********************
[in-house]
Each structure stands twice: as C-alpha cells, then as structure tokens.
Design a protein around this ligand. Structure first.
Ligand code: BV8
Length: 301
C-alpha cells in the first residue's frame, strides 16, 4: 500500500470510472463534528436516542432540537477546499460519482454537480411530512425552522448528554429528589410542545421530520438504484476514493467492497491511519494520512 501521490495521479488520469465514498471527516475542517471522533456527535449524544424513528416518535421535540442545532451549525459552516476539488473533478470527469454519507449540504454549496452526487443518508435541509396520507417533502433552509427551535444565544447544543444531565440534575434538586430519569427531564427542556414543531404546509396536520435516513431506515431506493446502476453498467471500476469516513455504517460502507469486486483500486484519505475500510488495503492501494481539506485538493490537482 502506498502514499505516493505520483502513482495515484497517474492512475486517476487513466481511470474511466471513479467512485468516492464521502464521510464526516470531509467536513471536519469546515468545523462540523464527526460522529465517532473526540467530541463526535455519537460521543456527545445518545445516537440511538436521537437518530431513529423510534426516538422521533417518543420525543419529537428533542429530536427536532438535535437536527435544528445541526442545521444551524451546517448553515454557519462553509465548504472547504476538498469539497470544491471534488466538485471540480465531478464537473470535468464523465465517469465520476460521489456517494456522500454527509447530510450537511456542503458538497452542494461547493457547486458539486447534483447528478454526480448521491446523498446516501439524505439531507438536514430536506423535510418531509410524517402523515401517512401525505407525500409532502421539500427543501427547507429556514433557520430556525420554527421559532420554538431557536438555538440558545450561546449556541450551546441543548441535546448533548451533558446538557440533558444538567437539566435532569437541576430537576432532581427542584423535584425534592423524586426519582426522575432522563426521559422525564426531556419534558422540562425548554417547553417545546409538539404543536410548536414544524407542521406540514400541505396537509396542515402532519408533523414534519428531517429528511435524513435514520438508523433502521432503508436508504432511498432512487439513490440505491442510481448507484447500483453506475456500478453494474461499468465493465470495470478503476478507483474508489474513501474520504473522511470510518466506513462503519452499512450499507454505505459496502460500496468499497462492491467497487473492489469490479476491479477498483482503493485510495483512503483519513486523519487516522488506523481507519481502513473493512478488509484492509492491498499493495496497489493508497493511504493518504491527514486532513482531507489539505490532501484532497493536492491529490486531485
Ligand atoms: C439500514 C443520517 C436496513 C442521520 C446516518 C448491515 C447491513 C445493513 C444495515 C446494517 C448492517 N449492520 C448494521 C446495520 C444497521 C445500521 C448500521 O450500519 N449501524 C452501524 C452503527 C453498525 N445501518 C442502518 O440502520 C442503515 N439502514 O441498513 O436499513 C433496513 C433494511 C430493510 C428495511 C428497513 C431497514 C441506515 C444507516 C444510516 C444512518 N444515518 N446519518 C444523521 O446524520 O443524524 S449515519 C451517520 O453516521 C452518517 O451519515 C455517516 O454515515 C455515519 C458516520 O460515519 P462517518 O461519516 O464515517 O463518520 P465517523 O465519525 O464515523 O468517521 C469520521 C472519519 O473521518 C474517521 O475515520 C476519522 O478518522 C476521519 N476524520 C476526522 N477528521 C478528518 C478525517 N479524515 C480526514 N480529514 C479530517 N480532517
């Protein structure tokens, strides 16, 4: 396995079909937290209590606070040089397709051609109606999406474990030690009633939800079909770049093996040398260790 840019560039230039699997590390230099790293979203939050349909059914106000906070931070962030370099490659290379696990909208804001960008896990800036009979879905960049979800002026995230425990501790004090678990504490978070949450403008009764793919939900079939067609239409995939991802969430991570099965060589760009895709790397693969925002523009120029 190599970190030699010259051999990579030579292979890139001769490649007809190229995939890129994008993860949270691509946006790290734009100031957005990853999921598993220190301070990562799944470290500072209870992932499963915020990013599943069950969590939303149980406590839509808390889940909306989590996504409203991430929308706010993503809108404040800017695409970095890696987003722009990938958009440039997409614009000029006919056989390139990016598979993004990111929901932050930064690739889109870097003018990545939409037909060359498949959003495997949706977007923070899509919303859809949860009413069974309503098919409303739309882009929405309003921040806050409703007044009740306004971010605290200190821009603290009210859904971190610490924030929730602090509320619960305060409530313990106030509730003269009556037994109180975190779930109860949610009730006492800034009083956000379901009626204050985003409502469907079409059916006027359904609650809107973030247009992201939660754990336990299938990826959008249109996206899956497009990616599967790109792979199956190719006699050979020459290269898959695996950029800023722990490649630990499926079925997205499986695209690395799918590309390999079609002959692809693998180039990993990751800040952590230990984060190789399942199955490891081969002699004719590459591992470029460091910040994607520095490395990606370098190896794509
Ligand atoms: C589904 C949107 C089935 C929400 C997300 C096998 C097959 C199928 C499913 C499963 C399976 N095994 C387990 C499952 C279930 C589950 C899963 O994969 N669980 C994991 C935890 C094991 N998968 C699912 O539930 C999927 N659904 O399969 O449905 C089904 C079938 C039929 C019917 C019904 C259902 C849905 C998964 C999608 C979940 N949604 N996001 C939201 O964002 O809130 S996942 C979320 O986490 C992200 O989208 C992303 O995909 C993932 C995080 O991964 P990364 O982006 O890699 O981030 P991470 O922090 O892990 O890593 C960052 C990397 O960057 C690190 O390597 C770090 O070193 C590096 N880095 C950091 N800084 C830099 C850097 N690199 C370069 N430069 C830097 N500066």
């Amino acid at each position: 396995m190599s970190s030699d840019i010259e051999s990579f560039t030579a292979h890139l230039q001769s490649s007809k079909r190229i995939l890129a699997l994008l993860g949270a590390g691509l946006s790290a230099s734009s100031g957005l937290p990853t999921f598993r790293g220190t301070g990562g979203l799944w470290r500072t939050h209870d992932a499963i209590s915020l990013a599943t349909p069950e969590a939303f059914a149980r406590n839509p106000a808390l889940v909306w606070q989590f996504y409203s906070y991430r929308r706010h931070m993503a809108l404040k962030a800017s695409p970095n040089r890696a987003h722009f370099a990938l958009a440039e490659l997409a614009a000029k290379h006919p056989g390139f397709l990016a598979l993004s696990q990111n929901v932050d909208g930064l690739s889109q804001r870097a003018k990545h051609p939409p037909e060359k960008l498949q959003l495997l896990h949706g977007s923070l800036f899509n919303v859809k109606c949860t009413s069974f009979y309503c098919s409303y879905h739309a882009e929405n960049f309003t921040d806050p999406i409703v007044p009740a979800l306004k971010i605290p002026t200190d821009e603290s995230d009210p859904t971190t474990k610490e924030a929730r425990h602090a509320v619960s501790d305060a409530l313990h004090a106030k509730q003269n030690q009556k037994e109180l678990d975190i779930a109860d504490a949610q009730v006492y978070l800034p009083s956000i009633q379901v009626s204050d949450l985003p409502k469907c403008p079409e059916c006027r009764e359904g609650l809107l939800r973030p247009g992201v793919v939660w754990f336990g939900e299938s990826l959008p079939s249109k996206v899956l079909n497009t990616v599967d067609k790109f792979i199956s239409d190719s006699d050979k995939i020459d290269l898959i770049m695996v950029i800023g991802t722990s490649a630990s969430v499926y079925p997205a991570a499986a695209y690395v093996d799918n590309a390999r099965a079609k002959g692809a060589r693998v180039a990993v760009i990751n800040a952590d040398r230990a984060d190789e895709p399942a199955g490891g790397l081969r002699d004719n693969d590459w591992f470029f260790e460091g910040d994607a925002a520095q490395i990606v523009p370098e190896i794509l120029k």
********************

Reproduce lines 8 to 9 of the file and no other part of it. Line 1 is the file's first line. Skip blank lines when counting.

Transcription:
């Protein structure tokens, strides 16, 4: 396995079909937290209590606070040089397709051609109606999406474990030690009633939800079909770049093996040398260790 840019560039230039699997590390230099790293979203939050349909059914106000906070931070962030370099490659290379696990909208804001960008896990800036009979879905960049979800002026995230425990501790004090678990504490978070949450403008009764793919939900079939067609239409995939991802969430991570099965060589760009895709790397693969925002523009120029 190599970190030699010259051999990579030579292979890139001769490649007809190229995939890129994008993860949270691509946006790290734009100031957005990853999921598993220190301070990562799944470290500072209870992932499963915020990013599943069950969590939303149980406590839509808390889940909306989590996504409203991430929308706010993503809108404040800017695409970095890696987003722009990938958009440039997409614009000029006919056989390139990016598979993004990111929901932050930064690739889109870097003018990545939409037909060359498949959003495997949706977007923070899509919303859809949860009413069974309503098919409303739309882009929405309003921040806050409703007044009740306004971010605290200190821009603290009210859904971190610490924030929730602090509320619960305060409530313990106030509730003269009556037994109180975190779930109860949610009730006492800034009083956000379901009626204050985003409502469907079409059916006027359904609650809107973030247009992201939660754990336990299938990826959008249109996206899956497009990616599967790109792979199956190719006699050979020459290269898959695996950029800023722990490649630990499926079925997205499986695209690395799918590309390999079609002959692809693998180039990993990751800040952590230990984060190789399942199955490891081969002699004719590459591992470029460091910040994607520095490395990606370098190896794509
Ligand atoms: C589904 C949107 C089935 C929400 C997300 C096998 C097959 C199928 C499913 C499963 C399976 N095994 C387990 C499952 C279930 C589950 C899963 O994969 N669980 C994991 C935890 C094991 N998968 C699912 O539930 C999927 N659904 O399969 O449905 C089904 C079938 C039929 C019917 C019904 C259902 C849905 C998964 C999608 C979940 N949604 N996001 C939201 O964002 O809130 S996942 C979320 O986490 C992200 O989208 C992303 O995909 C993932 C995080 O991964 P990364 O982006 O890699 O981030 P991470 O922090 O892990 O890593 C960052 C990397 O960057 C690190 O390597 C770090 O070193 C590096 N880095 C950091 N800084 C830099 C850097 N690199 C370069 N430069 C830097 N500066």